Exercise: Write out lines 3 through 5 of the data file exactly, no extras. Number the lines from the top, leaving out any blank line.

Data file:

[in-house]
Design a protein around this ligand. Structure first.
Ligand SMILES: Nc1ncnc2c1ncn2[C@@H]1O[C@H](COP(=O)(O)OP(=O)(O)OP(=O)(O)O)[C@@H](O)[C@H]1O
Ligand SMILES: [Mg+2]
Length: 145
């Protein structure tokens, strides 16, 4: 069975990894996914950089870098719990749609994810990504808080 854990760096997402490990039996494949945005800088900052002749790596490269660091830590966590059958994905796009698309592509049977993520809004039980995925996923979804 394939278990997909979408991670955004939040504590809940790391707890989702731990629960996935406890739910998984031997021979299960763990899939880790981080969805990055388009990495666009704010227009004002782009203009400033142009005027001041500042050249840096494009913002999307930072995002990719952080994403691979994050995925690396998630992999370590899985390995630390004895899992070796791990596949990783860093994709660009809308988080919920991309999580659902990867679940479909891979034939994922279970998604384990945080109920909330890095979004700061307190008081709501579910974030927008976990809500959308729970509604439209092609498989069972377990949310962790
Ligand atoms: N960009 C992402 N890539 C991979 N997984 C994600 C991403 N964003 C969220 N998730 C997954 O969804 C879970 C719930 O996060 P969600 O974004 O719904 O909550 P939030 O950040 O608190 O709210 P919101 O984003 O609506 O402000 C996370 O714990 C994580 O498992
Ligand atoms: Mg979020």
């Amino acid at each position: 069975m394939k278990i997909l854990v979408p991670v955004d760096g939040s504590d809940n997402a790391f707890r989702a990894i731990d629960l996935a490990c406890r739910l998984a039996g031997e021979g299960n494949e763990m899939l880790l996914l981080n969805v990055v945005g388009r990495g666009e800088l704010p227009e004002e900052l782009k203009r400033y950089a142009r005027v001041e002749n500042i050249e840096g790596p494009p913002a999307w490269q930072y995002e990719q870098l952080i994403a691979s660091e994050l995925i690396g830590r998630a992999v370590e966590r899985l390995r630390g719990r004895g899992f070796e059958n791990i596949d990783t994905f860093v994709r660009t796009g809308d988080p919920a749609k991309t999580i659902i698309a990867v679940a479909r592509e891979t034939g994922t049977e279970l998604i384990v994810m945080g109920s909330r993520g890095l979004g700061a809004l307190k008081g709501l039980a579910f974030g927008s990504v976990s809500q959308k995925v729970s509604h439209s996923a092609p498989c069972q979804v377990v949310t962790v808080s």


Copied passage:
Ligand SMILES: Nc1ncnc2c1ncn2[C@@H]1O[C@H](COP(=O)(O)OP(=O)(O)OP(=O)(O)O)[C@@H](O)[C@H]1O
Ligand SMILES: [Mg+2]
Length: 145